There's an old adage that says, “Work with what you have.” What southwestern Wisconsin has are long hard winters and a lot of hills. That's something drivers for Neitzel Trucking have learned to contend with daily while picking up milk from area farms and delivering it to the trucking company's customer, AMPI (Associated Milk Producers Inc.), at its Blair, WI, cheese-processing plant.
Neitzel Trucking, based in Alma, WI, is an equal partnership between Gerald Neitzel and his son Timothy. Gerald says he began operating his own route in 1962, picking up 17,000 lb. of milk from 39 farms each day with just one truck.
By comparison, Neitzel's eight-truck fleet currently averages 750,000-800,000 lb. per day during the May-June busy season, when milk production is highest at the dairy farms. He has 13 drivers on the payroll, 9 or 10 of which he notes are steady drivers, the rest part-timers. His present-day clientele numbers about 175 dairy farmers.
Neitzel says that in his geographic area the use of straight trucks makes much more sense than tractor-trailers. “Snow and ice are our biggest threat. We had over two feet of snow one day this spring,” he states. “Plus, in Buffalo county [where Alma is located] the hills are over 570 feet above the Mississippi River. Traveling up and down the bluffs to get to the dairy farms is very treacherous.”
Neitzel Trucking runs all Sterling Truck units and currently has five 5-axle trucks and three 7-axle Sterling LT9513 Class 8 trucks that have been introduced into the fleet starting with the 2004 model year.
The move to 7-axle trucks was prompted by an increase in milk production at the dairy farms. “When picking up milk in Wisconsin,” Neitzel explains, “we're required to take everything that's in the farmer's holding tank — split loads are not allowed. We needed trucks that could give us extra capacity and do so within the state's legal weight limit, which is only 75,000 lb. gross weight for a quad-axle truck, but 80,000 lb. for a seven-axle unit.
“We went to great lengths to lighten up the specs on our trucks and get as much capacity as possible,” he adds. The strategy has worked, generating $25,000 more in annual revenue for Neitzel Trucking.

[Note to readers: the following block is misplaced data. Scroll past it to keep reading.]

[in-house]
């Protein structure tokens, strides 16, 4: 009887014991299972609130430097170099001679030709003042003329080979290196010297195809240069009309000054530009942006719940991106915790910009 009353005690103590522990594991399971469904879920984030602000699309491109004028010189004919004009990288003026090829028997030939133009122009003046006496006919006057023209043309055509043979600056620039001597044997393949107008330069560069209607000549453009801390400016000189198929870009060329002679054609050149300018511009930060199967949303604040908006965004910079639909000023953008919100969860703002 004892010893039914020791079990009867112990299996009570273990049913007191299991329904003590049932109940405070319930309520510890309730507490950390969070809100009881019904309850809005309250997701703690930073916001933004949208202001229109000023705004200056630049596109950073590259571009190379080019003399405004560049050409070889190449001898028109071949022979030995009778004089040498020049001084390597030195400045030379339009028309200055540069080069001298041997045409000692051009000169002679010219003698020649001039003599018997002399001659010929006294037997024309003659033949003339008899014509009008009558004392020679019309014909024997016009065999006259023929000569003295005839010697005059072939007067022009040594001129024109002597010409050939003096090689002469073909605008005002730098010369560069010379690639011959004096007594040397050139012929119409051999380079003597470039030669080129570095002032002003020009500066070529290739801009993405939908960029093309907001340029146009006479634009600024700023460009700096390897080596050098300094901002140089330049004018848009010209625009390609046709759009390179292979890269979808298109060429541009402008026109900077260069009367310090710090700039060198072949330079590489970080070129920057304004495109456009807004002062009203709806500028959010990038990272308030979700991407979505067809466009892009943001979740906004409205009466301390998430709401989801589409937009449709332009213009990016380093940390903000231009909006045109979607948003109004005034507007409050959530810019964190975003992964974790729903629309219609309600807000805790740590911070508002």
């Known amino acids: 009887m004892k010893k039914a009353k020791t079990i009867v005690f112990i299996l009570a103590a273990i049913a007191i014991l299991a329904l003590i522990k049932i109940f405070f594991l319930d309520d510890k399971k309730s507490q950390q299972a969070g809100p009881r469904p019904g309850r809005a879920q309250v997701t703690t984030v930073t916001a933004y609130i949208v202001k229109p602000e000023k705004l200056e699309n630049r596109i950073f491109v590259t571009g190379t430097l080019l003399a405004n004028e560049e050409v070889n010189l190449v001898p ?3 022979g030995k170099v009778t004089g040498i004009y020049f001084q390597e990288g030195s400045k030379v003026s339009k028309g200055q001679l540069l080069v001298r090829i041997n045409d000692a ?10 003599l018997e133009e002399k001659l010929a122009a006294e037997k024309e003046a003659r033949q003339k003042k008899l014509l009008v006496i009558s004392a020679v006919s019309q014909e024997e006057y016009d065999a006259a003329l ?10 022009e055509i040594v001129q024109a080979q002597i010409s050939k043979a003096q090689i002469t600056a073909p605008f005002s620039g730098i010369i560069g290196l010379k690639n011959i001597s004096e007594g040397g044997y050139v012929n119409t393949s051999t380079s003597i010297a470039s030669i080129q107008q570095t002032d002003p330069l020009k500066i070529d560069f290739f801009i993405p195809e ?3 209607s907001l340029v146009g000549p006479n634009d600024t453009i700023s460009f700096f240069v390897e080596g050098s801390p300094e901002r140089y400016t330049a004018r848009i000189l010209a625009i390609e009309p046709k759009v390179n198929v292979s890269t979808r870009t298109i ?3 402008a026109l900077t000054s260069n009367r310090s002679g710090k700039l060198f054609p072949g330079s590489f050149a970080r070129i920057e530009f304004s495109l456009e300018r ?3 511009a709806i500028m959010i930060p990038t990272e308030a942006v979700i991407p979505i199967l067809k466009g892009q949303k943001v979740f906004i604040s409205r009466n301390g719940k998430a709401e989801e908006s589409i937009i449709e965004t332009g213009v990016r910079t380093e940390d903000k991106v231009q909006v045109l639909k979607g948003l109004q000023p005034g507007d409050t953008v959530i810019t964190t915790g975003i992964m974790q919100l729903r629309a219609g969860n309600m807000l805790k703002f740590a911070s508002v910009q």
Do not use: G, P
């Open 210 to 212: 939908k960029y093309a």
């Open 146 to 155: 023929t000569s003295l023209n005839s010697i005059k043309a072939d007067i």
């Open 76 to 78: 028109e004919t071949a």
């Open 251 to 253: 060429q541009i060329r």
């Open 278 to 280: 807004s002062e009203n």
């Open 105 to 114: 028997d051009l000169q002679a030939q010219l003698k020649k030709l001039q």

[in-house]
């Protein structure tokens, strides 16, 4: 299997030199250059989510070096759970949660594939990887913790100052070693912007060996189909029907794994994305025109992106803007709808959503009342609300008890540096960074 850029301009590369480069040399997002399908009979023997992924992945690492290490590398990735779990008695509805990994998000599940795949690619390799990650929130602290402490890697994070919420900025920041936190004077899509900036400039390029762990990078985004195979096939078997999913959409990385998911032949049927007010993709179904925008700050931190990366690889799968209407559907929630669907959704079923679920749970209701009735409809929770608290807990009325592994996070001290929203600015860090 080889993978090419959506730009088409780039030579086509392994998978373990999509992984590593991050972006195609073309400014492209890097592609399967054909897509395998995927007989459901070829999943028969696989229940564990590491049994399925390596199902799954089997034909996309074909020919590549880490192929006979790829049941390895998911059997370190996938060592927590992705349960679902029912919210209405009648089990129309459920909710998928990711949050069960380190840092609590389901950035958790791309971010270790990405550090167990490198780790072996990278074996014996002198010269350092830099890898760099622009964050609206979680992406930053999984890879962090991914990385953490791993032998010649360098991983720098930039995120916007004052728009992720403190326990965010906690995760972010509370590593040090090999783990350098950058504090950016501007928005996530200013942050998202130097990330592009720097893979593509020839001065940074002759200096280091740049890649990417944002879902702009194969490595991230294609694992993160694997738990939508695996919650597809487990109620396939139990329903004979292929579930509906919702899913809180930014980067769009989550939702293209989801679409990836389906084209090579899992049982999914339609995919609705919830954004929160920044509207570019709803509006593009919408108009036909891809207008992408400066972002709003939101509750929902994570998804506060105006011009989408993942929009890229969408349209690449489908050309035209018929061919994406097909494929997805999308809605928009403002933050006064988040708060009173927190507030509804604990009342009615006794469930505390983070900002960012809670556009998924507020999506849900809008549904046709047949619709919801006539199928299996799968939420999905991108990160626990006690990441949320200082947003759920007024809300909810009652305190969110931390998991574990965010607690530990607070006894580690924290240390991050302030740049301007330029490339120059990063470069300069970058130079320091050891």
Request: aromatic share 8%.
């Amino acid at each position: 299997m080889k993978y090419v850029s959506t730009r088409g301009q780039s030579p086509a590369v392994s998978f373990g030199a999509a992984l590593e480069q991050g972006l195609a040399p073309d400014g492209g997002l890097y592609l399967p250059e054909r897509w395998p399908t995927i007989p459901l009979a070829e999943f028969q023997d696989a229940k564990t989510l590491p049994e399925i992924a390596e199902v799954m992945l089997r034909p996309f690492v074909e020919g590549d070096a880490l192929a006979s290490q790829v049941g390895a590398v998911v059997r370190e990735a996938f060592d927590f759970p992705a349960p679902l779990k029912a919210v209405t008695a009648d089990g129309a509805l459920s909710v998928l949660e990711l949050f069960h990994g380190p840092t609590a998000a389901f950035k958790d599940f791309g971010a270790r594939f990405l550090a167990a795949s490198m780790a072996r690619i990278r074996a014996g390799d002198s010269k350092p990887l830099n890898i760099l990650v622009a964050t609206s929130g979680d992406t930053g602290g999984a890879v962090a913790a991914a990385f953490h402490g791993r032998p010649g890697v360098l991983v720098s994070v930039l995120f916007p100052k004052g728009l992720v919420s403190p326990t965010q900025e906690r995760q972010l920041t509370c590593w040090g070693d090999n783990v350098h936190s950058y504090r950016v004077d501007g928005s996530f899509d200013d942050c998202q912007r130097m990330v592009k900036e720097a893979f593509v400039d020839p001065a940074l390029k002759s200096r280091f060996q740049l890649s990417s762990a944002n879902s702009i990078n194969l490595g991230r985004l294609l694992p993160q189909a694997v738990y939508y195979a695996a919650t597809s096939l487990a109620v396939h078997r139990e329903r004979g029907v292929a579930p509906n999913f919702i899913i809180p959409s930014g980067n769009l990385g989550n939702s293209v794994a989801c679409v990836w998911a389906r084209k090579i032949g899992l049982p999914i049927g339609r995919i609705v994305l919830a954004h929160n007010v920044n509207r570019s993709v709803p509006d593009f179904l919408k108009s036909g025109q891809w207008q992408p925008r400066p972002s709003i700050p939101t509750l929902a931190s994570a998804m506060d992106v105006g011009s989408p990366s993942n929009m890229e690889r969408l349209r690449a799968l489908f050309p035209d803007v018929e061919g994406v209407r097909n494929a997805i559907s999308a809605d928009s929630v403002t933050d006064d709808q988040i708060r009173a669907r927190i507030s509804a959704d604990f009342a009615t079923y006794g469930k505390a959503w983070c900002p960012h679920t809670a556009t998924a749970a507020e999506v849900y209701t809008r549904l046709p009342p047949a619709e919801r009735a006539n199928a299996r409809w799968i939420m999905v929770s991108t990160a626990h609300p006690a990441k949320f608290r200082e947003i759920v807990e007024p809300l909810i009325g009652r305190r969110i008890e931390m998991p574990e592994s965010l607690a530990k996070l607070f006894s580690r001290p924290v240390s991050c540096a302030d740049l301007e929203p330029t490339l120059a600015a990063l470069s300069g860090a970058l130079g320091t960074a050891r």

Lightweight specs were adopted with the help of Tom Krajewski from the Sterling Truck dealership in La Crosse, WI. Wherever possible, lightweight components were used, including lighter weight axles, an all-aluminum truck cab, Alcoa wheels and aluminum hubs, as well as milk tanks made of a lighter-gauge stainless steel.
The Sterling LT9513 units are powered by 450-hp. Mercedes-Benz engines and feature 10-sp. Fuller transmissions. The 7-axle chassis is built by Watson & Chalin especially for Neitzel's operation. The fleet also uses a Watson & Chalin non-steering 25,000-lb.-capacity lift axle to help redistribute the weight when climbing hills. To carry the milk, Neitzel specs Brenner lightweight 6,000-gal. capacity sanitary cargo tanks.
To help minimize fuel costs, Neitzel hires drivers who live near their routes so some of them can take the trucks home with them at the end of the day. “Only three of my trucks come back to Alma each night. That eliminates drivers bringing the truck to home base, then having to drive 90 miles the other way to start their designated route.”
Drivers' routes cover Wisconsin's Buffalo, Pepin, Eau Claire, Trempealeau, Jackson and Clark counties, all within a 75-mi. radius of the cheese plant. “Most of the farmers are on every-other-day pickup schedules,” Neitzel explains, “with some on twice-a-day pickup, others three times a day, and still others three times in two days, so our drivers end up working different routes every other day.”
Between keeping fuel costs down and maximizing milk-truck capacity, Neitzel Trucking is a role model for others in the business. “By going to the seven-axle trucks we've increased payload capacity from 47,000 to 49,000 lb. up to 53,000 and 54,000 lb. legally. And by switching to lightweight specs, those trucks weigh no more than our five-axle units do.”